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Can You Stop Bleeding with Black Pepper?

Have you tried to stop bleeding with black pepper? Many readers have found it works surprisingly well.

We have been collecting home remedies for more than 40 years. One of the most unusual came to us from Nell Heard, who told us about a camping trip to Yellowstone National Park. She went with her sister and brother-in-law Wendell, all in a camping trailer. The day they saw the geyser Old Faithful, they had lunch at the nearby cafeteria. Wendell picked up several extra single-serving packs of black pepper, telling her that you can stop bleeding with black pepper. All his woodcarving buddies carry it with their tools.

That night, after they pulled into their camping spot, Wendell stretched out to relax while Nell and her sister started making supper. A mug fell out of an overhead cupboard and struck him on the forehead, causing a gash. It was bleeding freely, but it wasn’t a deep cut. After they sponged it off, Wendell handed Nell the black pepper from earlier in the day and she poured it on the cut. Very quickly it stopped bleeding. He left it in place for several days and the cut healed without a scar. Have you ever tried to stop bleeding with black pepper?

How to Stop Bleeding with Black Pepper:

Q. I had a deep cut on my finger and the blood was pulsing out. I grabbed the black pepper, poured it on the cut and the bleeding stopped immediately. Naturally, I left the cluster of black pepper on the cut. The cut sealed shut and was healed in two days. Thanks for writing about this remedy.

A. We always encourage anyone with a serious cut to apply pressure and seek immediate medical attention. That said, you are not the first person to report that you were able to stop bleeding with black pepper. Ground black pepper is frequently readily available and not expensive.

Another Reader Writes About How to Stop Bleeding with Black Pepper:

Q. I have been using a home remedy for years on minor household cuts that are bleeding. I shake black pepper on the cut until it’s covered with the pepper and leave it on until the blood clots.

No, it doesn’t burn or hurt, which is what most people say when they hear this. Most minor cuts occur in the kitchen and most kitchens are equipped with black pepper, so it is easy.

After the blood clots, I rinse off the pepper, spray the cut with Bactine and cover it with a bandage. I learned this from an aunt many, many years ago. It has worked for me ever since.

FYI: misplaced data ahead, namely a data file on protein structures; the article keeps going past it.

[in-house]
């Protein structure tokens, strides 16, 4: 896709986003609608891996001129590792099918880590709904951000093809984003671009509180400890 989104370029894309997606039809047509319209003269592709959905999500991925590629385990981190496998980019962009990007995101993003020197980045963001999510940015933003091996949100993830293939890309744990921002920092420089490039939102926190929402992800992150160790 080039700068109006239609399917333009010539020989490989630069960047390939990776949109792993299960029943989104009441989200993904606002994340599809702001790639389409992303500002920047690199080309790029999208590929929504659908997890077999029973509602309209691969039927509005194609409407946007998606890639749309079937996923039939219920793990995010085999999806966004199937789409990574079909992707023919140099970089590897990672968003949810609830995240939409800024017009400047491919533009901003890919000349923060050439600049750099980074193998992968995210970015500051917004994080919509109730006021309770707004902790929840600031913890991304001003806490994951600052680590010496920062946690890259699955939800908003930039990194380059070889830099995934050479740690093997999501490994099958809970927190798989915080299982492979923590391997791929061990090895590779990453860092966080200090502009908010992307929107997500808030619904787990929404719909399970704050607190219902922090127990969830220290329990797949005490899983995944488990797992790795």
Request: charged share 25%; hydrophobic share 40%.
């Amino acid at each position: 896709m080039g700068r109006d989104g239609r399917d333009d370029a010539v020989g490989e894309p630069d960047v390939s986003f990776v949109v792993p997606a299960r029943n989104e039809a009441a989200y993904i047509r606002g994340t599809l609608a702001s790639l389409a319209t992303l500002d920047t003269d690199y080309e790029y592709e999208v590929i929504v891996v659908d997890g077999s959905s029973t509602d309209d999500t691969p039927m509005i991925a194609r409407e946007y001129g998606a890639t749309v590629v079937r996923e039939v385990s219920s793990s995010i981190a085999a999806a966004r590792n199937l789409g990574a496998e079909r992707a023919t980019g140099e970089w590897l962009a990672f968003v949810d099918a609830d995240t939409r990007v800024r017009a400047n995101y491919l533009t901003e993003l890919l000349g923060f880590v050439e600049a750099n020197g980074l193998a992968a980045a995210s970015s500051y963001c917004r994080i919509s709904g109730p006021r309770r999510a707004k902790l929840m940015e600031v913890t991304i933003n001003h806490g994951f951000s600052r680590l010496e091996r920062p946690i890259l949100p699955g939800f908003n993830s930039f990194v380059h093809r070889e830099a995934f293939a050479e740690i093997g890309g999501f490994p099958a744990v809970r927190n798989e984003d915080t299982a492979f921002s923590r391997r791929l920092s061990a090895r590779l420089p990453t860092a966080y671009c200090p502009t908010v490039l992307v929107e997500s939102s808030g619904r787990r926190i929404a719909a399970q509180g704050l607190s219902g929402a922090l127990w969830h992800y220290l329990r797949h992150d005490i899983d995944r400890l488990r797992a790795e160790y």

A. We first heard about putting black pepper on a cut to stop bleeding more than two decades ago. A family camping in Yellowstone had a misadventure that led to a superficial cut on the head. The bleeding was profuse and medical care was far away. The victim, a wood carver, had learned about black pepper from his carving buddies. It worked like a charm.

Some health professionals have objected to this remedy because they fear black pepper could lead to infection. Your strategy of washing it off and applying an antibacterial product might help avoid this potential problem. An antimicrobial ointment such as Polysporin might work as well as your usual Bactine.

Possible Problems with Pepper:

Not everyone is enthusiastic about this home remedy. One reader took us to task, and others would probably agree.

Q. You have written about applying ground black pepper to a minor kitchen cut to stop bleeding. You failed to point out the serious risk of contamination.

Spices are grown and collected in very unsanitary conditions. Applying any spice to an open wound could lead to infection. Warn your readers NOT to put black pepper on cuts.

A. You are quite right that spices are not sterile. The agricultural products are often harvested under uncontrolled conditions. Small farms all over India supply most of the black pepper we consume. The same is true for many other spices.

Some large companies that sell spices in the US pasteurize their products before selling them. Whether that would make ground black pepper safe to apply topically is uncertain.

Learn More:

If you would like to read about other simple approaches for common ailments, including cuts and bruises, you may find our book, Quick & Handy Home Remedies, of interest. It is available at www.PeoplesPharmacy.com or your local library. On the other hand, if you are interested in how to use spices medicinally, you may prefer to explore our book, Spice Up Your Health: How Everyday Kitchen Herbs & Spices Can Lengthen & Strengthen Your Life.

If you have tried this or a similar remedy, share your results. Others will be interested.

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About the Author
Terry Graedon, PhD, is a medical anthropologist and co-host of The People’s Pharmacy radio show, co-author of The People’s Pharmacy syndicated newspaper columns and numerous books, and co-founder of The People’s Pharmacy website. Terry taught in the Duke University School of Nursing and was an adjunct assistant professor in the Department of Anthropology. She is a Fellow of the Society of Applied Anthropology. Terry is one of the country's leading authorities on the science behind folk remedies..
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